Deliver the quality (1/2)

I presented last week the main axes of Capacity Management according to ITIL.

If we try to apply these best practices in the domain of Quality, what are the lessons that can be learned? What would be Quality management seen as an analogy of Capacity management? Is it possible to do « more with less » as do more and more Production teams?

The primary objective of Capacity Management is to deliver the capacity, that is to say, the resources you need: a development or a QA server, a little more disk space for a database, more CPU in a virtual machine, etc.

ITIL adds also that Capacity Management must be ensured in accordance with SLA in a timely and cost effective manner.

If we apply this approach to Quality, we could say that the “Quality management” is to deliver quality, in accordance with service level agreements and deadlines and budgets. How to get there?

Know what you have

In order to provide capacity, you need to know what you have. This is the first step and the basis of a Capability plan. You can not manage what you do not know.

Virtualization has resulted in the creation of technology silos and the ‘Prod’ guys must be able to measure the number of physical or virtual servers for each OS, virtualization platform, etc. It is the same for application porfolios, which have seen an accumulation over time of various technologies: mainframe, client server, software, new technologies (J2EE mostly).

In addition, during its history, a business will evolve into different markets, create new businesses, sometimes acquire other companies, which will multiply these applications supporting the business. The reorganization of the banking sector in Spain is causing mergers and acquisitions between banks, and each time the question arises: what applications to use and which to throw out? This may seem surprising, but IT departments of some of these banks do not even know how many applications they have, much less what technologies are used in their applications or links between them.

Finally, men come and go, change jobs or leave the company and application knowledge is lost gradually over these moves. A responsible of development in an administration told me of a high-level meeting between directors and advisors of the Ministry to implement a recent decision in Brussels that required a change of customs regulations on hundreds and thousands of millions euros. But nobody could say if these changes could be implemented because they cannot know the impacts the systems collecting this money. They had to invite in the meeting an old Cobol programmer to ask him if it was possible to implement these changes in a timely manner. He told me then that such a meeting would not be possible today, and when I asked him why, he replied that the Cobol programmer was now retired and any knowledge of these applications was lost with him.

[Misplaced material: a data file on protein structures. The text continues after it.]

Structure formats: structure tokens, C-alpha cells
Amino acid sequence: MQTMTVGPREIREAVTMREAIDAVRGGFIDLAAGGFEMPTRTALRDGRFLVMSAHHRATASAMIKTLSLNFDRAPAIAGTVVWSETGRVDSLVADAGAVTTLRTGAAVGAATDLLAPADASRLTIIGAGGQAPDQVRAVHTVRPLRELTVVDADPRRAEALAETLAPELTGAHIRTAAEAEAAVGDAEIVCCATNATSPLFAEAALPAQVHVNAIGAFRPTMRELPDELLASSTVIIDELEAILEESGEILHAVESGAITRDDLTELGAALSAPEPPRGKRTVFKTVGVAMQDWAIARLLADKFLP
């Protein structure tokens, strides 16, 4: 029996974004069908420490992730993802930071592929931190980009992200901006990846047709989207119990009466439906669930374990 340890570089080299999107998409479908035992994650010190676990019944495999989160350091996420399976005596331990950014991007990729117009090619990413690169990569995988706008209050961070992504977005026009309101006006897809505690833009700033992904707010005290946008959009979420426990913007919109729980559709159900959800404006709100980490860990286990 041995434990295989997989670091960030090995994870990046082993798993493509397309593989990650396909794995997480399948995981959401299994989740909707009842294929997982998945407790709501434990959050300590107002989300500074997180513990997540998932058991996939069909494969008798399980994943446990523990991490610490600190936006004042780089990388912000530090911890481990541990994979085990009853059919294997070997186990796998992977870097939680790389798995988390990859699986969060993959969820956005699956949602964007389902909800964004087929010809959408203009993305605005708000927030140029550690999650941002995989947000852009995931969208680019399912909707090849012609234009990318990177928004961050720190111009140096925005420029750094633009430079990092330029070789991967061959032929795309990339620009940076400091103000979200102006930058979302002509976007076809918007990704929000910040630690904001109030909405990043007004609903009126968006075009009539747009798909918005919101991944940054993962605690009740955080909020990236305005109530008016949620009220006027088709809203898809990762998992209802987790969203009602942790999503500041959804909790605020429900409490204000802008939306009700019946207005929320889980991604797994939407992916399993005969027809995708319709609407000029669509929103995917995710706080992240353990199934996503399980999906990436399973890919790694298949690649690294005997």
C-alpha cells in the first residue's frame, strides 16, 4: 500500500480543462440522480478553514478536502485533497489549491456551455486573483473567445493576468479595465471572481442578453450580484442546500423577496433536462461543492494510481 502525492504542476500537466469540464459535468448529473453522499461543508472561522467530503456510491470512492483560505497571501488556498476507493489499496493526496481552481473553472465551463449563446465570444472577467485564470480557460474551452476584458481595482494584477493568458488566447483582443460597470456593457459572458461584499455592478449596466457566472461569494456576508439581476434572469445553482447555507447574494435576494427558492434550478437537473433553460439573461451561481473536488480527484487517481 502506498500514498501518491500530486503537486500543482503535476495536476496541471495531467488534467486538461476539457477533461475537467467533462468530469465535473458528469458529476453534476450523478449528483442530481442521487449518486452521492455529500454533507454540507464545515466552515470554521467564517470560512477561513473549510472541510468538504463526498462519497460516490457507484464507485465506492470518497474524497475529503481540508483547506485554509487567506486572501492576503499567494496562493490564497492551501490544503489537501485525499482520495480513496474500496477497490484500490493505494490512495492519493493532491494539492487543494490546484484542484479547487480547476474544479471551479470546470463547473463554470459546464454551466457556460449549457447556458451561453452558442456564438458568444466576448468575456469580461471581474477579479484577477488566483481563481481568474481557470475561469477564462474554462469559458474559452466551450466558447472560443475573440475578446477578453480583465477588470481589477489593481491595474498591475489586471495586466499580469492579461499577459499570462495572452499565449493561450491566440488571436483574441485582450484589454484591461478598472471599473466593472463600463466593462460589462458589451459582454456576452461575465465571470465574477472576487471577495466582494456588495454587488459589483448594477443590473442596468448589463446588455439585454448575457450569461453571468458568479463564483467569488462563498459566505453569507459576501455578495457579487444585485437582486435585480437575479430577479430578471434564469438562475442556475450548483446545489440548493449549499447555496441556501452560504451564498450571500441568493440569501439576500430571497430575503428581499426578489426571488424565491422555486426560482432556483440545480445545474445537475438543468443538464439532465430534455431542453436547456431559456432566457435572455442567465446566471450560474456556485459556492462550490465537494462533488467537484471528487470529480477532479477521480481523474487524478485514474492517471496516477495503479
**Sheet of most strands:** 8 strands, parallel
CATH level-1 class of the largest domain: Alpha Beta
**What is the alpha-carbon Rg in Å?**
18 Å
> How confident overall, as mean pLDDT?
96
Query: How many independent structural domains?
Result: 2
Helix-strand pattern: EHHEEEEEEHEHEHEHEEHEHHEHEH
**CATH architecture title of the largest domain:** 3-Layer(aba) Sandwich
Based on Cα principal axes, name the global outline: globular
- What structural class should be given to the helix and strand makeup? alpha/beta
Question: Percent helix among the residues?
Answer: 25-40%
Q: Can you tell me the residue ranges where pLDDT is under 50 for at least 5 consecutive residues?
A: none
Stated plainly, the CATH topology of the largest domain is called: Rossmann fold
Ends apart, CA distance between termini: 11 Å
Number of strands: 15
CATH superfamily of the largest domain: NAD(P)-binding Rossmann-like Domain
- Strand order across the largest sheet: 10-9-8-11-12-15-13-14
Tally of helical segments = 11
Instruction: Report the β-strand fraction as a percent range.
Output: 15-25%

How many times a client who wants an application assessment does not know how many programs or files are in the application? And I am not even talking about lines of code.

The first step of a Quality management plan should therefore be based on an analysis of the application portfolio. A code analysis tool will provide quantitative data on the size of applications, the number of objects, their complexity, the level of documentation (comments) or duplicated code, for example.

Know the quality of what you have

The analysis of the application portfolio will also provide qualitative measures about two kinds of risks:

  • Risks for the user: bugs, errors, defects preventing or impeding the correct use of the application, performance problems generating high response times, security issues or data corruption, etc.
  • Risks for the maintainability: some quality defects will not result in a risk of failure for the user but will weigh on the maintainability of the application, with consequences for schedule delays and costs.

It is important to know the level of non-quality and its nature, for each application, so that you know how to …

Answer the user requests

« More with less » means answering faster and better users requests, without increasing the level of resources available to address them. The knowledge you get through a code analysis tool allows you to better estimate the effort required to implement changes requested by the business.

I often see users complain of delays in project teams to deliver a new version and the unreliability of forecasts schedule. Often these teams are experiencing a high turnover, especially when outsourced to a provider who is trying to better adjust its staffing level to the activity of the various projects and affecting developers from one team to another on.

So, how can teams quantify correctly changes in a code that they do not know?

This will be the subject of the next post.

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